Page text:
of Mélomanie. Photo by Tim Bayard.
Mélomanie members Christof Richter (violin) and Tracy Richardson (harpsichord) combined their talents to showcase the versatility of the violin in a program that featured works by the well-know, the not-so-well-known and the downright quirky. The concert, called 'Up Close & Personal: The Violin,' took place on Saturday, September 30, at Old Town Hall in downtown Wilmington.
Despite the role it plays in the modern orchestra and the repertoire that’s grown up around it, the violin was considered a “low-brow” instrument, played largely from memory throughout the late 16th and early 17th Centuries. But once written music appeared, the violin became a major driver in the development of instrumental music as a whole.
Saturday’s performance opened with a performance of Johann Paul von Westhoff’s Partita 6 in D Major for solo violin. Unlike his contemporary Heinrich Biber, little attention has been paid to von Westhoff. But lesser-known hardly means insignificant. In fact, it is very likely that von Westhoff met J.S. Bach during their time in Weimar, and that these Partitas were a direct inspiration for Bach to compose his sonatas and partitas for solo violin.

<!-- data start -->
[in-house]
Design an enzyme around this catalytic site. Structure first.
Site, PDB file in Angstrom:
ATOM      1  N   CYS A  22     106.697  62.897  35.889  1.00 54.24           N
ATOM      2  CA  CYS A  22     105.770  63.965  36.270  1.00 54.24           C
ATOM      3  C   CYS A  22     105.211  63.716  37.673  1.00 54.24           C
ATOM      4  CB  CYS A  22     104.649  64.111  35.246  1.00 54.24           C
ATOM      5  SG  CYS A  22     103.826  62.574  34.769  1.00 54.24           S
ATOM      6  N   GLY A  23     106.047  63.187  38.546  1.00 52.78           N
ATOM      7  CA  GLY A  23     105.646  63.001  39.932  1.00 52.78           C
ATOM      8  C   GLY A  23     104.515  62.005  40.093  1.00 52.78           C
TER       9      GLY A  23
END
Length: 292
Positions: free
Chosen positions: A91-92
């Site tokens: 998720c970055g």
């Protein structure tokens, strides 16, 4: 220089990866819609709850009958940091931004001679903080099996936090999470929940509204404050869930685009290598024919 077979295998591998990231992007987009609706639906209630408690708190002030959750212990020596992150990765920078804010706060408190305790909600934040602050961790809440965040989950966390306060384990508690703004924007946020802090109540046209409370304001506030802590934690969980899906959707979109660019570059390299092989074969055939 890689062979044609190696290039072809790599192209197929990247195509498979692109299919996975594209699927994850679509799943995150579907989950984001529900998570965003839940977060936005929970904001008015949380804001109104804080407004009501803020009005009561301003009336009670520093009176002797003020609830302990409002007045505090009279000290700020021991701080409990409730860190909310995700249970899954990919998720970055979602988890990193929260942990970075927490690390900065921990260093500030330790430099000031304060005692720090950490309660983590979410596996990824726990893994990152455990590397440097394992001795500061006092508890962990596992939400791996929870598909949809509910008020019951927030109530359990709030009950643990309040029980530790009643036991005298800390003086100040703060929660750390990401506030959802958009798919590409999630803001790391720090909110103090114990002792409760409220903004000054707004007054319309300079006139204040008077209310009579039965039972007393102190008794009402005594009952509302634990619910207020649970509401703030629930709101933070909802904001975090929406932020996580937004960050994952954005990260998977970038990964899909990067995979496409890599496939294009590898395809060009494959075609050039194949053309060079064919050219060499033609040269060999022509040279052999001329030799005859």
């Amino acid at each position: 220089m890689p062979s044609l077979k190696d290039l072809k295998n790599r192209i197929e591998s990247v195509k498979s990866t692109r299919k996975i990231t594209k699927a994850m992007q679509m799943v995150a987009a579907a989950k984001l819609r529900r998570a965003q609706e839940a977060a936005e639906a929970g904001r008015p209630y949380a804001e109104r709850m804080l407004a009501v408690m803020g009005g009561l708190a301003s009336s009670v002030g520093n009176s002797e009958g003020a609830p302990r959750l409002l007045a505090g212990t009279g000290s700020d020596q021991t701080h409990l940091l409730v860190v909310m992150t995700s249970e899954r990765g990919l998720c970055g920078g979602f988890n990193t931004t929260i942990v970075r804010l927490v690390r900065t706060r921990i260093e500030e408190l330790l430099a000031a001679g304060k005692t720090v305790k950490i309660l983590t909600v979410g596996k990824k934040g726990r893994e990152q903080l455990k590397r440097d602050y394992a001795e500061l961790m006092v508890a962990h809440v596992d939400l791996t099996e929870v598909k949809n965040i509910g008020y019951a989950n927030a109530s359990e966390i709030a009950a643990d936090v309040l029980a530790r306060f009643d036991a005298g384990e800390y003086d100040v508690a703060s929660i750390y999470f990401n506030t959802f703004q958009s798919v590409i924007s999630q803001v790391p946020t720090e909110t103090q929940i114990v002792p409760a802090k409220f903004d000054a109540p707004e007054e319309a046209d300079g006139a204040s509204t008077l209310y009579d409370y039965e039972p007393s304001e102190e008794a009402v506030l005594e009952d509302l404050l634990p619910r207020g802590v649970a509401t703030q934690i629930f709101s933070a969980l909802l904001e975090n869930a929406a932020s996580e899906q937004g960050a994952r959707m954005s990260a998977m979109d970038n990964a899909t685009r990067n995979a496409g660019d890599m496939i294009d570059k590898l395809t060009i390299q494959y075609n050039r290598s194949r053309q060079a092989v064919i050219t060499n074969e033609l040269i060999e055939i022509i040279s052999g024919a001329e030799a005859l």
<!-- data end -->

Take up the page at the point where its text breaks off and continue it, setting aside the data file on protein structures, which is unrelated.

Richter performed with a natural and effortless charm, concluding with an exhilarating reading of the Gigue.
Heinrich Biber — von Westhoff’s more famous contemporary — was represented with a performance of Sonata 4 in D Minor (The Presentation) from his Rosary Sonatas. This ever-intriguing work is the finest example of Biber’s exploration of scordatura, alternate tunings of the violin strings that produce otherworldly sonic textures and performance challenges. The Presentation is a chaconne and variations tuned to D minor. Tuning the top string down a step and the bottom string up one produced an alto-like quality, where one would expect soprano brilliance. Richter’s execution of these blazing virtuosic variations was breathtaking, making the listener long for a full performance of this work.